The NSWRL wishes to acknowledge the long and distinguished career of Bob Saunders, who has retired after more than half a century of contributing to the game at all levels.
Saunders initially channeled his love for the game into coaching with the Lane Cove Tigers in the North Sydney Junior League. He built a great record and helped turn a young club into a powerhouse in the 1970s, garnering several titles and producing a stream of notable players that went on to first grade including Grahame Forlonge, Gary Pretti and the unforgettable Mick Healy.
In 1977 he graduated to the grade ranks himself as coach of the Bears’ Under 23s outfit and held the reins there for several years before becoming an official for the club.
When North Sydney was in turmoil in 1985 after the sacking of coach Greg Hawick and the exit of secretary Ken McCaffery, Saunders was thrown into the deep end and appointed as temporary secretary.
His quiet, methodical style helped align the club, and they adopted a more business-like model that set them on the road to success and he remained in the job for what was a memorable era.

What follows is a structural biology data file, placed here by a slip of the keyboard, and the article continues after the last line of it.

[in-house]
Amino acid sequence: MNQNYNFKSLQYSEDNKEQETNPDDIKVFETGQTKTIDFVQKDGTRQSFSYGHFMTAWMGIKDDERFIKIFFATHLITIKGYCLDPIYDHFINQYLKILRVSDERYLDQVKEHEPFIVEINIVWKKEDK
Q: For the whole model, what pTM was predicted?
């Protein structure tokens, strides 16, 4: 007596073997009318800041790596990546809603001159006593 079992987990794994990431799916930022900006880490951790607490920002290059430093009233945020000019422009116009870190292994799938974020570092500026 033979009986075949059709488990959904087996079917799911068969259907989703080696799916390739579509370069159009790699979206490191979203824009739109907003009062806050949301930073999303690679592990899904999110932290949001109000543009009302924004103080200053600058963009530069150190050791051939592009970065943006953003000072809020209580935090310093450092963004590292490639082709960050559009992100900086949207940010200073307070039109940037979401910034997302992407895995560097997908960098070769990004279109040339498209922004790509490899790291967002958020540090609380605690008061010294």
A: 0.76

Although they didn’t win a premiership, the Bears enjoyed great success in the years when he was at the helm. Four times the first grade team got to within a game of the Grand Final in the 1990s and the reserves won four premierships to make it arguably the greatest decade in the club’s history.
With the Bears’ success came some deserved personal recognition for Saunders with City and Origin management roles, both of which led to success for those teams. As dual managers, he and Geoff Carr struck a great balance.
Saunders left when the Bears were omitted from the NRL but remained associated with the Northern Eagles and then Manly in merchandise and media roles before joining the NSWRL.
A key figure in the logistics of the successful 2008 Rugby League World Cup he then became a part of the NSWRL as an administrator and as Chairman of the Match Review Committee, which required him to look at all on-field reports from Junior Reps all the way to the NSW Cup.
He ended up serving the NSWRL in a range of capacities for over a decade, all in his own inimitable style. Widely known as “Bobby Bear”, he has built a unique record and in a quiet, industrious and effective way.
His well-deserved retirement warrants recognition and respect for a man who has given a lifetime of service to rugby league.